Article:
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Chill out with Aloe

By Simeon Darwick, Nutritional Health Coach

Photo by Giordano Ciampini

Aloe Vera is one of the most useful and easy to grow plants.  It has been called “a physician in a pot” since it can be used to treat a very broad range of illnesses. The gelatin inside the leaf can be used to treat most skin problems: burns, sunburn, insect bites, cuts, bruises, sprains, eczema, psoriasis, fungal infections and acne. In addition, it is a terrific hair conditioner. 

But aloe is not just for external use.  The gel, which has a slightly sour flavor and slimy texture, can be used internally as a medicinal supplement to treat digestive problems such as heart burn, ulcers, constipation, liver and gallbladder problems, and kidney and bladder malfunction.  When the digestive system is balanced, the immune system is strong and vice versa.  Likewise, when the skin, which is the largest body organ, is balanced, we are balanced.

According to the Journal of the American Pediatric Medical Association, there are reports of aloe as a successful treatment for arthritis, both as a preventative measure and in the reduction of inflammation in joints affected by arthritis.  Another study written on cancer immunology and immunotherapy found that a compound from aloe called lectin, when injected directly into tumors, attacks the cancer.  This was confirmed in a study of 673 lung cancer patients in Okinawa, Japan.  This is important in our understanding of how to deal with environmental toxins we experience from vehicles and other carcinogens.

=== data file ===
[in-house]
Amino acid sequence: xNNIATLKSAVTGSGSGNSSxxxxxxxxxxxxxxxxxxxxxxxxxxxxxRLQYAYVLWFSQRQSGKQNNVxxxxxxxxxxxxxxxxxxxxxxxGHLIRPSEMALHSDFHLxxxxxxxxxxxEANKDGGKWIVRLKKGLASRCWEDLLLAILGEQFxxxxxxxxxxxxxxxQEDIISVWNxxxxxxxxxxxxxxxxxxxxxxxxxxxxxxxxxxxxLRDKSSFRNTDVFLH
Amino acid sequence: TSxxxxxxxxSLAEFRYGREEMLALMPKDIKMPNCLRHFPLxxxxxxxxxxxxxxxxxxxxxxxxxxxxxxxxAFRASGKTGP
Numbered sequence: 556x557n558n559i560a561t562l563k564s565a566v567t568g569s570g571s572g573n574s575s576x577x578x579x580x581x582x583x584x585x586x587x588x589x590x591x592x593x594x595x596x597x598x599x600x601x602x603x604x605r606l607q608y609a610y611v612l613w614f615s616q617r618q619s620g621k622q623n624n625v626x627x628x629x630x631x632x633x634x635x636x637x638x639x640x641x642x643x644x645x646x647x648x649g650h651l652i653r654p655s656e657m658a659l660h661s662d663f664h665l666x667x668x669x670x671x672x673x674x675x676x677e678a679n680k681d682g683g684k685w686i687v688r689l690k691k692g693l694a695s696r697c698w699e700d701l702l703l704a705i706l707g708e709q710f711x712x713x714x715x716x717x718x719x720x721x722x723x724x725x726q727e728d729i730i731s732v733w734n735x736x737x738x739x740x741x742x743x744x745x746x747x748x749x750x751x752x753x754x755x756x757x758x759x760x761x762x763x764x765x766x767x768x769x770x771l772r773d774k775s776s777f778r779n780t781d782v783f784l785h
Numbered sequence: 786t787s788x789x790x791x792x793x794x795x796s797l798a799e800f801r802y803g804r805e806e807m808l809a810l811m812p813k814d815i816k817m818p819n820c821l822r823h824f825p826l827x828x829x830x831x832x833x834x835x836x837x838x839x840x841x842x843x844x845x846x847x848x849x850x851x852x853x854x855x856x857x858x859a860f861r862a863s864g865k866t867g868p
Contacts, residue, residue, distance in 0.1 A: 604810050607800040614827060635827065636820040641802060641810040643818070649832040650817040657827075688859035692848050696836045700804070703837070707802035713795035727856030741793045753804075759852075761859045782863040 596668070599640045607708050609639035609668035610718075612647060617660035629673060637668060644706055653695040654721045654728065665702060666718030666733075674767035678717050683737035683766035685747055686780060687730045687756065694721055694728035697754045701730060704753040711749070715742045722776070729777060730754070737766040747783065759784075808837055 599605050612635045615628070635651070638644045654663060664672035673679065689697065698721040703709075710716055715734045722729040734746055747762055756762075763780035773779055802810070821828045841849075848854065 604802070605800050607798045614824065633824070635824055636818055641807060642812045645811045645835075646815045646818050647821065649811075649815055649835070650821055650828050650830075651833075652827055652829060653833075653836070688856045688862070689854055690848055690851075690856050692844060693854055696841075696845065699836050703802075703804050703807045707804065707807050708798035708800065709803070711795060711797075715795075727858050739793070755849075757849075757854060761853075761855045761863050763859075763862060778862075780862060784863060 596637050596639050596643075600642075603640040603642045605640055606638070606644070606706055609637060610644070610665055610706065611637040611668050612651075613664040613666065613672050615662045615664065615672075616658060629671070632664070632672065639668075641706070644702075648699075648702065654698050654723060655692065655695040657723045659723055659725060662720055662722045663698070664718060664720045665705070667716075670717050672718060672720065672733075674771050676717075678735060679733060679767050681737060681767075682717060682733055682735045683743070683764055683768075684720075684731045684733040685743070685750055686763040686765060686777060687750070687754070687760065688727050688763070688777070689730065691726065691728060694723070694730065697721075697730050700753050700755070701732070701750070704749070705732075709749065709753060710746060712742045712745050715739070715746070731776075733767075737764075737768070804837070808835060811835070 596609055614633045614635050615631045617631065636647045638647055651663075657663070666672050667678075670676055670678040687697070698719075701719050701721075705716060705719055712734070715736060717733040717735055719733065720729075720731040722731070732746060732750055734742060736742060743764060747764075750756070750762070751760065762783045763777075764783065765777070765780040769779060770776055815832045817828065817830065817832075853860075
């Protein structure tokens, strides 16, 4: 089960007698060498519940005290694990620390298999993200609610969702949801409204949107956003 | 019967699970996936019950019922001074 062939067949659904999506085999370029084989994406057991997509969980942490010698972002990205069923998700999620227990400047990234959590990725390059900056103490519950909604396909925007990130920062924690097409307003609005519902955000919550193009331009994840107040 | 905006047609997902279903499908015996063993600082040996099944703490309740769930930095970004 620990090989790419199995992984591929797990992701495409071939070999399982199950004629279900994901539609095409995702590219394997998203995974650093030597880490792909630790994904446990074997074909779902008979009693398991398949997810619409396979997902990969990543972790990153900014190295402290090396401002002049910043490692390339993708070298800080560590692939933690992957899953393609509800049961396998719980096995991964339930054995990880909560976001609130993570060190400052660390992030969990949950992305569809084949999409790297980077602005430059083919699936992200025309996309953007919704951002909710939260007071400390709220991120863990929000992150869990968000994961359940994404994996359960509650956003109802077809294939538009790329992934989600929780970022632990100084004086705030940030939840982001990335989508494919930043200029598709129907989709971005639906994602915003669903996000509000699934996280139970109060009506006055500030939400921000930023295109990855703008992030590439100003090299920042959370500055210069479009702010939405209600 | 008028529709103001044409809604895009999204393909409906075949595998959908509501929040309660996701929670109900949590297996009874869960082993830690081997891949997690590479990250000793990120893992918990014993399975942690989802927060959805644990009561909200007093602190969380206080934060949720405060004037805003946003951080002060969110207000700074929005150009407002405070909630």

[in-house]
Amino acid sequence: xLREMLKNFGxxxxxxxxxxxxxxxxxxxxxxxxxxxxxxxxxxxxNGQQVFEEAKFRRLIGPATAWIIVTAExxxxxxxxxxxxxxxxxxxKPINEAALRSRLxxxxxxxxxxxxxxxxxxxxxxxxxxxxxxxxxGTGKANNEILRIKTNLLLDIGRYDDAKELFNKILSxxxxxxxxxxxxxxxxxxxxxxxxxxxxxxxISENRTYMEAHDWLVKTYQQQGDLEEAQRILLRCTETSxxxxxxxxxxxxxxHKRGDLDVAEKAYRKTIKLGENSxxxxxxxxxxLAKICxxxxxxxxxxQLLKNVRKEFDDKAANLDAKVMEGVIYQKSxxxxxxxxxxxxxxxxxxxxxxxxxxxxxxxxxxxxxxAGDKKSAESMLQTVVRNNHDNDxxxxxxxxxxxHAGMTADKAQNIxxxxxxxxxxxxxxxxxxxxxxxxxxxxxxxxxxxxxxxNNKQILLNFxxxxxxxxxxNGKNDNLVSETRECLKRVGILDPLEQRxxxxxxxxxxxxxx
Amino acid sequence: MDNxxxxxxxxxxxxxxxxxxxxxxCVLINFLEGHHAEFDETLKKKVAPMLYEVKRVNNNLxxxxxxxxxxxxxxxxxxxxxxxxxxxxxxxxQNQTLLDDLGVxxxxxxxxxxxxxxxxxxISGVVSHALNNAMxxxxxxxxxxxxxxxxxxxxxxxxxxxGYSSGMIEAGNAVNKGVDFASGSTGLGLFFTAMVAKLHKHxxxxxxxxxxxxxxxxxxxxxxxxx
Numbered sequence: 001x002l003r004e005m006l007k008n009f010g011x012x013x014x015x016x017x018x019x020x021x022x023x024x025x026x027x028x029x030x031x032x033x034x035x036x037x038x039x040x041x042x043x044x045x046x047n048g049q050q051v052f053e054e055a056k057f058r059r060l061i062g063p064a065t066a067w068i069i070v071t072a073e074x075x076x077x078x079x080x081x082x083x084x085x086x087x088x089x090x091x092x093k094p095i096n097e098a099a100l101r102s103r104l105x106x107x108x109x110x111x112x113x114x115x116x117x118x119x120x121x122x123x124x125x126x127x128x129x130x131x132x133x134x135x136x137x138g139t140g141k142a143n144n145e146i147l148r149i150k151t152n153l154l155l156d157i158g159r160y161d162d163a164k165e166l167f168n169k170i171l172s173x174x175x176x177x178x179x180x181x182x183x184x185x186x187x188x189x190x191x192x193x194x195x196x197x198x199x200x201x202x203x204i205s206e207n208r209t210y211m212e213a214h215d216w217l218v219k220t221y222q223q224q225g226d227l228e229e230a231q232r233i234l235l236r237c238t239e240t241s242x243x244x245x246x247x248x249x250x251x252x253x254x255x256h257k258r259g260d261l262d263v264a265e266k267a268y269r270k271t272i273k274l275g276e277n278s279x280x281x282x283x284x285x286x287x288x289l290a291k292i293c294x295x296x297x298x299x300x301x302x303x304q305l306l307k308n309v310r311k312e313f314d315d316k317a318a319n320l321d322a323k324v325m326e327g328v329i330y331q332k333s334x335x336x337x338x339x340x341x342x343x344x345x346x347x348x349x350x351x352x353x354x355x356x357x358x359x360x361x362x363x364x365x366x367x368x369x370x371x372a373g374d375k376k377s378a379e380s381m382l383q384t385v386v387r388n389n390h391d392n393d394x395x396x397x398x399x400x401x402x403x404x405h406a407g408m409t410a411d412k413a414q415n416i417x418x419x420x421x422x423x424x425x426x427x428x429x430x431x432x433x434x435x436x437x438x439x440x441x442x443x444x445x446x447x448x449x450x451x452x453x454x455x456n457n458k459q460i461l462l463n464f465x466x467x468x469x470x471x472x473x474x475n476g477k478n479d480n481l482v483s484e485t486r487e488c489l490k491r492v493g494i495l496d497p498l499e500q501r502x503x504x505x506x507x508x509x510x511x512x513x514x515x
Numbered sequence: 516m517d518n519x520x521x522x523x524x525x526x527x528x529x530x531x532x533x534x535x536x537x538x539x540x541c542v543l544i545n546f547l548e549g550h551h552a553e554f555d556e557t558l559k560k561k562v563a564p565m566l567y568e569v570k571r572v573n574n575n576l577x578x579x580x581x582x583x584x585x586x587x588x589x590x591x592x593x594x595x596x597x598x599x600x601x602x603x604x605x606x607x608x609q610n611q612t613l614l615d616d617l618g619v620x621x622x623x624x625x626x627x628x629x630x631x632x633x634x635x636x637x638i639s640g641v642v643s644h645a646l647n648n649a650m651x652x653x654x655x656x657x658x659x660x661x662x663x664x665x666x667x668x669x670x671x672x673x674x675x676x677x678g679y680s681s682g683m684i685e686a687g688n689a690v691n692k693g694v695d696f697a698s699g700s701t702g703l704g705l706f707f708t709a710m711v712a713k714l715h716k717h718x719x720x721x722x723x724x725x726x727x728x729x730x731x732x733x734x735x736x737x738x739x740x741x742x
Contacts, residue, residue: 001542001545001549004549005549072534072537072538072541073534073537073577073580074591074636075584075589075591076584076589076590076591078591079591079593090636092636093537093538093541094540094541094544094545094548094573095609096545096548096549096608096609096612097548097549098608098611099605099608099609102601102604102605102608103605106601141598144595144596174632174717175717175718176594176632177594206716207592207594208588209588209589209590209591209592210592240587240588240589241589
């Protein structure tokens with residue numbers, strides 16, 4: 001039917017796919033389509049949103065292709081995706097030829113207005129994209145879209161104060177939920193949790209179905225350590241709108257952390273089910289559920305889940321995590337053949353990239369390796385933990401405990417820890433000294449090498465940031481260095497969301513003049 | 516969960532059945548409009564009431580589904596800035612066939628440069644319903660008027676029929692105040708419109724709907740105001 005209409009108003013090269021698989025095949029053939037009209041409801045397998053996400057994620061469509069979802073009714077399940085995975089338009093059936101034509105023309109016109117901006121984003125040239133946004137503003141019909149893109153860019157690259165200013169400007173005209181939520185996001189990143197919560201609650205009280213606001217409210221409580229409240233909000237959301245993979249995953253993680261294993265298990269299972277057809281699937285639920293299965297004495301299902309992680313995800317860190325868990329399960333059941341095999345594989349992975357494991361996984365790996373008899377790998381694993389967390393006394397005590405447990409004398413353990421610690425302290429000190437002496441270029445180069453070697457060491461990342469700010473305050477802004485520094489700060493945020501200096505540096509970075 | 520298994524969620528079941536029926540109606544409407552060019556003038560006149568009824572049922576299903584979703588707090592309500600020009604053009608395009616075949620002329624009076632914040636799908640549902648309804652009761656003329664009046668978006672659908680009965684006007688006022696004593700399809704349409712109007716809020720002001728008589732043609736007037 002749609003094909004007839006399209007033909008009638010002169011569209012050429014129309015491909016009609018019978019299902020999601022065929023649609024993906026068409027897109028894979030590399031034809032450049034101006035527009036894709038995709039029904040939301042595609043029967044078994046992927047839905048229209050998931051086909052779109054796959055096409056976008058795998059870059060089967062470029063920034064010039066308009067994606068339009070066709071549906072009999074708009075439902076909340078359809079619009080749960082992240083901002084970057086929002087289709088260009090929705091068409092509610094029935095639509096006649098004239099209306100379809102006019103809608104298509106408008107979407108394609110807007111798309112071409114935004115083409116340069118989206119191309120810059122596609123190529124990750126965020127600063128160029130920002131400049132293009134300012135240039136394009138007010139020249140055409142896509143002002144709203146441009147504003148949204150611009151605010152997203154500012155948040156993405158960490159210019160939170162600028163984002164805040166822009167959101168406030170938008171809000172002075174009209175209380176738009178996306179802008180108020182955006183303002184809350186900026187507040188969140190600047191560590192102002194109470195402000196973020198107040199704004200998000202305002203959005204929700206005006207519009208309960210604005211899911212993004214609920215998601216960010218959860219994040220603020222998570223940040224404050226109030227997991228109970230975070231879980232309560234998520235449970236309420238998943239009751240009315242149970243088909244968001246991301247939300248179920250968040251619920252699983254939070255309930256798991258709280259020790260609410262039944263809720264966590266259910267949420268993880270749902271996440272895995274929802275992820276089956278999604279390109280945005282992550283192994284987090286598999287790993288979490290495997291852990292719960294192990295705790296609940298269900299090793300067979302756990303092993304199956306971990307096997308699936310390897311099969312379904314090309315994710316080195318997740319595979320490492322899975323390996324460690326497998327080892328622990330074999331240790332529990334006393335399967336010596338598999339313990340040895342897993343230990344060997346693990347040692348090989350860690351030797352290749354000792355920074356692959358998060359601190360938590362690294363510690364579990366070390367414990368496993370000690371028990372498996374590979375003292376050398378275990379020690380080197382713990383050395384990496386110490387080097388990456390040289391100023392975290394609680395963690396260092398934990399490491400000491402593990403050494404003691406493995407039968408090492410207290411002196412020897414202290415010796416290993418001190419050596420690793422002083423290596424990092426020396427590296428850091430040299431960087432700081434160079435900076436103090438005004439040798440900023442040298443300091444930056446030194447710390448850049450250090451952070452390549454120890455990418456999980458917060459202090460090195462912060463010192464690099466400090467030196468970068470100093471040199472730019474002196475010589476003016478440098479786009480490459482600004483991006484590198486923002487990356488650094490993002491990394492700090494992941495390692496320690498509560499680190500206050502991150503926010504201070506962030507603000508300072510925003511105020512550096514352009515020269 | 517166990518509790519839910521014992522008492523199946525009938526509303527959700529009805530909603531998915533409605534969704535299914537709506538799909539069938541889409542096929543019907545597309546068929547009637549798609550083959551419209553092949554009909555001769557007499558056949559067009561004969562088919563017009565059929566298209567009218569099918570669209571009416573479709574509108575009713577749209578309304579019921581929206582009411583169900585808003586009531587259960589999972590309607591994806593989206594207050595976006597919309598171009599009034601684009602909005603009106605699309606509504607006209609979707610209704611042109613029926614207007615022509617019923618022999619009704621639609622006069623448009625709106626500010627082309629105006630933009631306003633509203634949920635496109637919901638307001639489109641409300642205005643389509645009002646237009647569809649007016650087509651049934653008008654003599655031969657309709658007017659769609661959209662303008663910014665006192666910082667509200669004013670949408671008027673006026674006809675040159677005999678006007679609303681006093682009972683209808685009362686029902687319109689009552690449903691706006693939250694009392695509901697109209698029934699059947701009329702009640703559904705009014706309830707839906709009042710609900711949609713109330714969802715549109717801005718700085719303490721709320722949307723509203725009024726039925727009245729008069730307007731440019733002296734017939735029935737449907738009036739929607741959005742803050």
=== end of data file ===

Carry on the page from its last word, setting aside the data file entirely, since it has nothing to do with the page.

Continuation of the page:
According to Ayurveda, aloe is cooling and is good for people who have a tendency towards anger, irritation or impatience.  It is excellent for balancing out the tendency to overdo either in work or in relationships.

Preparations:  Cut a section of the leaf, remove the spines and divide it in half.  These aloe “patches” can be used to treat skin problems, for shaving, hair treatment or massage.  It is important to separate the gelatin from the veins in the skin, which is bitter.  This bitter flavor is called aloin and can cause a strong laxative effect. For a refreshing and healthy beverage, add one liter of water to the aloe gelatin and blend; also try adding watermelon, papaya, or honey. 


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